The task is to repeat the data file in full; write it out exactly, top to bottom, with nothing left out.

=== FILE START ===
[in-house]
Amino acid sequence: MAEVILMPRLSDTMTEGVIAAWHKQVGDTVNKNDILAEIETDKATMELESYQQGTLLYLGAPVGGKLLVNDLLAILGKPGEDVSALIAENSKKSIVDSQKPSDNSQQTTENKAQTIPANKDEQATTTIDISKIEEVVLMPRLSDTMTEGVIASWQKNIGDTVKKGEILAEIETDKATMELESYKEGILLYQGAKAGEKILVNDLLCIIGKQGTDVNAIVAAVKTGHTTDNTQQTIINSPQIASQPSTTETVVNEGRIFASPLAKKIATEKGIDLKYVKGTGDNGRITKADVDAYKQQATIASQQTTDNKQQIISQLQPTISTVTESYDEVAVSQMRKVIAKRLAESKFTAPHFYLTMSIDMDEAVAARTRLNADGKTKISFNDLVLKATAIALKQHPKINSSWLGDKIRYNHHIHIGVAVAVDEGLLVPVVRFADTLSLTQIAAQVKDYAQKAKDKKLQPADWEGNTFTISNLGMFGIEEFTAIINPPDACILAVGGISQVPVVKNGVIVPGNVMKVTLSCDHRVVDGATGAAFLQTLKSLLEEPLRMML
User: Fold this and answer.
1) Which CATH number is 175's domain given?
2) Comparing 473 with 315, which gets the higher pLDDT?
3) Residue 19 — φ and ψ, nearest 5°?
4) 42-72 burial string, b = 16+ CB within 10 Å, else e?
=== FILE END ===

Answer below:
[in-house]
Amino acid sequence: MAEVILMPRLSDTMTEGVIAAWHKQVGDTVNKNDILAEIETDKATMELESYQQGTLLYLGAPVGGKLLVNDLLAILGKPGEDVSALIAENSKKSIVDSQKPSDNSQQTTENKAQTIPANKDEQATTTIDISKIEEVVLMPRLSDTMTEGVIASWQKNIGDTVKKGEILAEIETDKATMELESYKEGILLYQGAKAGEKILVNDLLCIIGKQGTDVNAIVAAVKTGHTTDNTQQTIINSPQIASQPSTTETVVNEGRIFASPLAKKIATEKGIDLKYVKGTGDNGRITKADVDAYKQQATIASQQTTDNKQQIISQLQPTISTVTESYDEVAVSQMRKVIAKRLAESKFTAPHFYLTMSIDMDEAVAARTRLNADGKTKISFNDLVLKATAIALKQHPKINSSWLGDKIRYNHHIHIGVAVAVDEGLLVPVVRFADTLSLTQIAAQVKDYAQKAKDKKLQPADWEGNTFTISNLGMFGIEEFTAIINPPDACILAVGGISQVPVVKNGVIVPGNVMKVTLSCDHRVVDGATGAAFLQTLKSLLEEPLRMML
User: Fold this and answer.
1) Which CATH number is 175's domain given?
2) Comparing 473 with 315, which gets the higher pLDDT?
3) Residue 19 — φ and ψ, nearest 5°?
4) 42-72 burial string, b = 16+ CB within 10 Å, else e?